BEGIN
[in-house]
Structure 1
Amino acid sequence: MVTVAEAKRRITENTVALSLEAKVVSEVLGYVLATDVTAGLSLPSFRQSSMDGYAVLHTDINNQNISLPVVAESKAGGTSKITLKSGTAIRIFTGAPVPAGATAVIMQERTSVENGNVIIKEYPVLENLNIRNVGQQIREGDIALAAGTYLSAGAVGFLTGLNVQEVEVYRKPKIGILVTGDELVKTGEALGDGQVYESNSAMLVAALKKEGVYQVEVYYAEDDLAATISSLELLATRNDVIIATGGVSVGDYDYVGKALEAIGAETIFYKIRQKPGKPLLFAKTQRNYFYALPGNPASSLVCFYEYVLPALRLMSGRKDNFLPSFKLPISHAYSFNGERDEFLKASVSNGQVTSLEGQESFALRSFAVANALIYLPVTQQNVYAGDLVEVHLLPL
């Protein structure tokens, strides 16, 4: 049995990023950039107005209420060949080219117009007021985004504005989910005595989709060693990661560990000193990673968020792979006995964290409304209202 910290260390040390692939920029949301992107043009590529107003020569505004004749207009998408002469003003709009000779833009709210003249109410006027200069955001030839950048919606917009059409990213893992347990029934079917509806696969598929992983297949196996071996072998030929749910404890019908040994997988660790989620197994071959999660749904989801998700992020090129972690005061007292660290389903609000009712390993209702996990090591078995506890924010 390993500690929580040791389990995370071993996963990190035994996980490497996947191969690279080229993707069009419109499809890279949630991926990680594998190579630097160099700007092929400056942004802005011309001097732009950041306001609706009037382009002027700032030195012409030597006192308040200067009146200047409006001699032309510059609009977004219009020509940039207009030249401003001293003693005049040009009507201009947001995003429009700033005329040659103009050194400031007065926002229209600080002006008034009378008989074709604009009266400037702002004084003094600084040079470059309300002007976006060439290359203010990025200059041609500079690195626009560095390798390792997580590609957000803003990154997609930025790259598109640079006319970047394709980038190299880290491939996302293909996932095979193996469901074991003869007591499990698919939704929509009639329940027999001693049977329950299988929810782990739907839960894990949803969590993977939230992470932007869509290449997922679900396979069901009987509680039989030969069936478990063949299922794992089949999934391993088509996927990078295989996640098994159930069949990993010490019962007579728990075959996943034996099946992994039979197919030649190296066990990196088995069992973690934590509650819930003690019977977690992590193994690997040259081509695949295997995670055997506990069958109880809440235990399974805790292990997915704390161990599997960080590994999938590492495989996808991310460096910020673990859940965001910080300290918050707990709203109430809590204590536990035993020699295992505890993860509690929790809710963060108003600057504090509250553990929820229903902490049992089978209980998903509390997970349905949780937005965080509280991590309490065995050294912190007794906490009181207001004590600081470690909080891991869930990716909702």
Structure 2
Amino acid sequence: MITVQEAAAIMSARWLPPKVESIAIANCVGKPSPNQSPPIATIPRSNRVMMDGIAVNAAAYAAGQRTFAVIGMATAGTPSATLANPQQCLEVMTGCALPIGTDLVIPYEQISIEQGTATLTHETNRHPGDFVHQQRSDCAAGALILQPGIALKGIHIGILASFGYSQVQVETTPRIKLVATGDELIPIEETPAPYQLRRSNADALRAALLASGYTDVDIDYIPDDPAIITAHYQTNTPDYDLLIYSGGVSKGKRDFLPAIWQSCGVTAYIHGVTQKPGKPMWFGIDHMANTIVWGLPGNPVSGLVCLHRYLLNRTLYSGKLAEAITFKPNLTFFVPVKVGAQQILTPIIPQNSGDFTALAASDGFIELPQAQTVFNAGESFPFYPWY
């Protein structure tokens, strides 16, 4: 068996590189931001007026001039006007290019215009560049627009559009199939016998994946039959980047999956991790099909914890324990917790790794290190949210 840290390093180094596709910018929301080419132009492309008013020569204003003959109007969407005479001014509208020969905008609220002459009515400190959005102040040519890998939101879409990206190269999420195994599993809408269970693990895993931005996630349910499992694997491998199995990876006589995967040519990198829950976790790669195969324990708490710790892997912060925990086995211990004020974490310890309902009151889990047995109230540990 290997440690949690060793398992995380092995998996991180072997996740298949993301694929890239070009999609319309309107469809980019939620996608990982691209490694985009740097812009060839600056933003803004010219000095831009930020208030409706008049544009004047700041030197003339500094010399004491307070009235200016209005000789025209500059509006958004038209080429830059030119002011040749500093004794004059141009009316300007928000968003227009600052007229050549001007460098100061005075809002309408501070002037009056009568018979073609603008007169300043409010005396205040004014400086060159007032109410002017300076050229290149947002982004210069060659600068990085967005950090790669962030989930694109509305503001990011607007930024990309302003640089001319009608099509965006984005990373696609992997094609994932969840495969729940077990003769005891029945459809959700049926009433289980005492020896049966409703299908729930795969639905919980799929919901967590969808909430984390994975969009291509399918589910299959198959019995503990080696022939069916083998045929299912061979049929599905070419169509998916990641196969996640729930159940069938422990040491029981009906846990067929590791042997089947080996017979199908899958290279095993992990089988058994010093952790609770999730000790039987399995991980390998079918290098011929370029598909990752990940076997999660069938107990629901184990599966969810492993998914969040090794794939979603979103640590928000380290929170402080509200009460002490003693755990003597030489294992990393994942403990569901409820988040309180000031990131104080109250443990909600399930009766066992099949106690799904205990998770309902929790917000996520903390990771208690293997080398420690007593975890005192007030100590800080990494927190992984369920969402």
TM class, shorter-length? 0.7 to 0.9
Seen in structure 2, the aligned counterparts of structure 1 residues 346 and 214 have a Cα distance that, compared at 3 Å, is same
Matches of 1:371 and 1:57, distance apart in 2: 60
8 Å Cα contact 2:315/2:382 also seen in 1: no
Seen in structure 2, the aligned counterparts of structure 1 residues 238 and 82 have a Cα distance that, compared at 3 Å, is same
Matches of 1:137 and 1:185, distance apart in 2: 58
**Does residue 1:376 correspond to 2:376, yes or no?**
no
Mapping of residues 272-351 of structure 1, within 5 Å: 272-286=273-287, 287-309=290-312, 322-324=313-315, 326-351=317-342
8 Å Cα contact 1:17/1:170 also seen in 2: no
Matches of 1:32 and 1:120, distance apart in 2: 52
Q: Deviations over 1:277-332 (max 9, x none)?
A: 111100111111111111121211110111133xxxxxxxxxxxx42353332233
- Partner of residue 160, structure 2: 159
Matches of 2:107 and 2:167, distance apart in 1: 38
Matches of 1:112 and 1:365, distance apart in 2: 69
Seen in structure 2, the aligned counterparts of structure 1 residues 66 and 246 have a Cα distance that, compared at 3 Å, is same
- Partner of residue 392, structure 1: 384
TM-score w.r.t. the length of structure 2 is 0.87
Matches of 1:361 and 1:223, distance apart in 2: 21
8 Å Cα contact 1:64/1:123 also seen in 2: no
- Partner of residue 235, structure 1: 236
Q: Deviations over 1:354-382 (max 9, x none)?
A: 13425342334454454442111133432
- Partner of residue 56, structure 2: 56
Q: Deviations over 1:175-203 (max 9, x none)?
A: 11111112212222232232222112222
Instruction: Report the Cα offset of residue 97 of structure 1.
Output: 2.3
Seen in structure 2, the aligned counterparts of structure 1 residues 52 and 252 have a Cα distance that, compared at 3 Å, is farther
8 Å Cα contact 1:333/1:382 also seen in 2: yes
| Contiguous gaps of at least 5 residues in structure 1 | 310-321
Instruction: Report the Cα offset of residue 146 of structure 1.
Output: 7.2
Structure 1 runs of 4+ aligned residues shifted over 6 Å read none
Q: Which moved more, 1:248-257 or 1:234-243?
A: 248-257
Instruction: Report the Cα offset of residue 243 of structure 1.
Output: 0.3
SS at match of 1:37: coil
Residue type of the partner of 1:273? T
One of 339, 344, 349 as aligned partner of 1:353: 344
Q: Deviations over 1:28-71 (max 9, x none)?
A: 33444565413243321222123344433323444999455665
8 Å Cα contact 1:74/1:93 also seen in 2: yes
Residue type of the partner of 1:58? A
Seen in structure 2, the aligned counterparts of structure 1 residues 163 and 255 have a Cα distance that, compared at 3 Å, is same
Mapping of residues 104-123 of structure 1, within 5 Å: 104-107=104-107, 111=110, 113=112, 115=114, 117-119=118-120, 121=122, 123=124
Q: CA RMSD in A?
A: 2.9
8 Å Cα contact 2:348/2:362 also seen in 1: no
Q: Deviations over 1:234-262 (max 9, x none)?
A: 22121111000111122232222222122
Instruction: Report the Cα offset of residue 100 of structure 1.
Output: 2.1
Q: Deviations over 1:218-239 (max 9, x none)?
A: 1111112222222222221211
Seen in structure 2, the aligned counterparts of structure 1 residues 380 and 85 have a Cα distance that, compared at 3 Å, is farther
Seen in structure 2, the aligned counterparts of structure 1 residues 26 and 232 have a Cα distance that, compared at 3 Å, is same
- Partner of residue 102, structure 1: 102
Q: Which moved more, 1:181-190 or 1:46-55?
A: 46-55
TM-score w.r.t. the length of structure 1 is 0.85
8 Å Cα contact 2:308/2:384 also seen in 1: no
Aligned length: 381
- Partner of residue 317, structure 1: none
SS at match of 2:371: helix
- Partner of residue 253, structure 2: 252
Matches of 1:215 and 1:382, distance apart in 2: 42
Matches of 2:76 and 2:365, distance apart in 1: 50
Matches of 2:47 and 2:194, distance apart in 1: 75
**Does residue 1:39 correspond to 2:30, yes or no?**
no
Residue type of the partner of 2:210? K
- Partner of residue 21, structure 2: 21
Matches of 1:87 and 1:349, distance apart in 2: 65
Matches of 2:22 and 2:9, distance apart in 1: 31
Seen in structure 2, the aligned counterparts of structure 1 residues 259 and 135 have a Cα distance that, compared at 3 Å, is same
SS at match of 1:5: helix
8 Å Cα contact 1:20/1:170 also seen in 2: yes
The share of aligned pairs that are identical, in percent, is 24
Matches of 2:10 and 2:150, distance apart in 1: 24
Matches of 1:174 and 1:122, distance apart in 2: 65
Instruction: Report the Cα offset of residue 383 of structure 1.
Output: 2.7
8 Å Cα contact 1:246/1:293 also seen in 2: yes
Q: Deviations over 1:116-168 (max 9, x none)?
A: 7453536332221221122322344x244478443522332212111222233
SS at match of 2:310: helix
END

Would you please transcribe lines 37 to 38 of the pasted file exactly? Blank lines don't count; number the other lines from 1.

Seen in structure 2, the aligned counterparts of structure 1 residues 52 and 252 have a Cα distance that, compared at 3 Å, is farther
8 Å Cα contact 1:333/1:382 also seen in 2: yes